Correction: An earlier version of this story misstated the final vote on the Simpson-Bowles deficit reduction plan. The vote was 11-7.
Rep. Paul Ryan is known as the man who brought a serious conversation about overhauling Medicare to Washington. The selection of Ryan as running mate to Republican Mitt Romney has given the issue a central role in the campaign for the White House, as he has accused President Obama of failing to save the federal health program for the elderly.
But when Ryan was a member of the fiscal commission in 2010, he showed little willingness to negotiate beyond his original Medicare voucher proposal, even as the commission led by former White House chief of staff Erskine Bowles and former Sen. Alan Simpson debated a plan he would ultimately back one year later with Democratic Sen. Ron Wyden of Oregon.
Ryan was tasked with heading up the fiscal commission’s work to reduce mandatory spending along with Alice Rivlin, the former Office of Management and Budget director for President Clinton. Ryan and Rivlin worked throughout the summer of 2010 to develop a Medicare plan that would move Medicare beneficiaries turning 65 in 2021 onto a voucher system, where they would get a fixed amount of money to buy private insurance, based on what the average Medicare enrollee gets in 2012 times gross domestic product per capita plus 1 percent.
Democrats on the commission balked at the plan, and the phrase “end Medicare as we know it” was born. But the proposal did get members and staff on the fiscal commission talking about where they could find common ground on Medicare reform. In November 2010, members and fiscal-commission staff circulated a plan keeping traditional Medicare as an option for seniors, while offering them subsidies to get coverage from private insurance companies on a Medicare exchange, which would be capped at GDP plus 1 percent.
Sound familiar? That’s because it’s strikingly similar to what Ryan ultimately rolled out with Wyden one year after the commission failed to get enough votes to pass their deficit-reduction plan. But within the context of the fiscal commission—when bipartisan compromise could have actually cleared the way for a fast track toward congressional approval—Ryan wouldn’t budge. The 18-member Bowles-Simpson plan would have needed 14 votes to get fast-track treatment in Congress. Only 11 commission members voted for it and Ryan was one of the seven who opposed it.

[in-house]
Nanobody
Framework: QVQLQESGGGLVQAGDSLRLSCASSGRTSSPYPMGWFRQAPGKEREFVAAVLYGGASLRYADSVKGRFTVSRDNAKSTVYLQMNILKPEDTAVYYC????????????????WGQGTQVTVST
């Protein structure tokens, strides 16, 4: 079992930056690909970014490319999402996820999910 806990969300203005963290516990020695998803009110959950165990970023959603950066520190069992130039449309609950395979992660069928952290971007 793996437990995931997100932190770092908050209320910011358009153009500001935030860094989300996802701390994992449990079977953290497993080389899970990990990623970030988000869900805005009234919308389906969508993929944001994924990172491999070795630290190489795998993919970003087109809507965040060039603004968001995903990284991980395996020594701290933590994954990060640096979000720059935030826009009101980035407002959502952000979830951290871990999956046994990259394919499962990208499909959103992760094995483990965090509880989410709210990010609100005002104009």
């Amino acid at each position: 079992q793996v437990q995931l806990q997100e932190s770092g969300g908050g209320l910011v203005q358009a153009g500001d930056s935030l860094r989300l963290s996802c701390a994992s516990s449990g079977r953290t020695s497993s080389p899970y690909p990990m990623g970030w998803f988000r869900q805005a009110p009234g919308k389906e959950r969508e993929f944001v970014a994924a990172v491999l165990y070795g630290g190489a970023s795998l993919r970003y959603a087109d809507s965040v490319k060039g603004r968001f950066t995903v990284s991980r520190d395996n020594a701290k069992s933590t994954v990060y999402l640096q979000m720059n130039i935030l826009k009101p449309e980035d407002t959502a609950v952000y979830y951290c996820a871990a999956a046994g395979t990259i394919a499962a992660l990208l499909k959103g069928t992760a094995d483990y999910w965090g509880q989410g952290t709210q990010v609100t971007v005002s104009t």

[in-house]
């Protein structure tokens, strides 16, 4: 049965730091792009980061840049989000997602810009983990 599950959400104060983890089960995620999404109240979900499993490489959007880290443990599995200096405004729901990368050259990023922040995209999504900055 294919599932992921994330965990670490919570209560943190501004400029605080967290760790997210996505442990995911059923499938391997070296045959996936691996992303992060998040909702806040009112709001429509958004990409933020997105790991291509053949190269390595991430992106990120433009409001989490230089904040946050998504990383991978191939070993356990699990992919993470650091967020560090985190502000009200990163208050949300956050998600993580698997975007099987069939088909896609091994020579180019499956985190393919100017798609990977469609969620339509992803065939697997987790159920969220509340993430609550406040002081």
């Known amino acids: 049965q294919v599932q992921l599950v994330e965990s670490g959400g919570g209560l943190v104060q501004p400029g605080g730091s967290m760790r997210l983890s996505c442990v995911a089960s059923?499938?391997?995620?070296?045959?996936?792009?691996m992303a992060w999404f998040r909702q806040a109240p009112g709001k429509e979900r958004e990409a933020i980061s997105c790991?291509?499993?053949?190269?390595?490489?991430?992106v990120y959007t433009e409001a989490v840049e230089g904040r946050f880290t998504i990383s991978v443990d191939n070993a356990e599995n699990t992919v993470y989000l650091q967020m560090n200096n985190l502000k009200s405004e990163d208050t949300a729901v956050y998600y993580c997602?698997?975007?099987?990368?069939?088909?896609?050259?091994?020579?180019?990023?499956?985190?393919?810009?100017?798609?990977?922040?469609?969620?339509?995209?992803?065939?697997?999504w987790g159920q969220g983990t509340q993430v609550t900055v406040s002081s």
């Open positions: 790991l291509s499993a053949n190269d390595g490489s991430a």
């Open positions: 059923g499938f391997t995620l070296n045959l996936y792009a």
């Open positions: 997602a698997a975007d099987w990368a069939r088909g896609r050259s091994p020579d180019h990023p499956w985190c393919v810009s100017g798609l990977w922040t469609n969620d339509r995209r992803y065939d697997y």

Ryan took part in the discussions and played a constructive role in talking through the issues, but he never showed any inclination to support the commission's work, nor did he show an interest in finding a compromise, according to two former commission staffers who declined to be identified given the sensitivity of the negotiations.
The middle-ground Medicare overhaul—which kept traditional Medicare as an option for seniors—did not make it into the final Bowles-Simpson commission report, and it’s impossible to know if it would have passed through the committee if it did.
“There was only one brief discussion on premium support—the bipartisan compromise version with traditional Medicare as the default. It did not get much attention,” Rivlin said in an interview.
But it begs the question of why Ryan wouldn’t get behind this Medicare reform in 2010, only to then back it in another, less-likely-to-pass form in 2011. And on the campaign trail, he has been emphatic about the need to fix Medicare sooner rather than later.
“Medicare was there for our families, for my grandma when we needed it then. Medicare is there for my mom when she needs it now, and we have to keep that guarantee,” Ryan told seniors at a campaign event in Florida on Saturday.
For all of Ryan’s talk on the campaign trail of Medicare’s need for an immediate fix, the fiscal commission might have been a more effective way to bring about permanent, deficit-reducing changes to the program than introducing a proposal that garnered the support of one Democratic senator but went ultimately nowhere.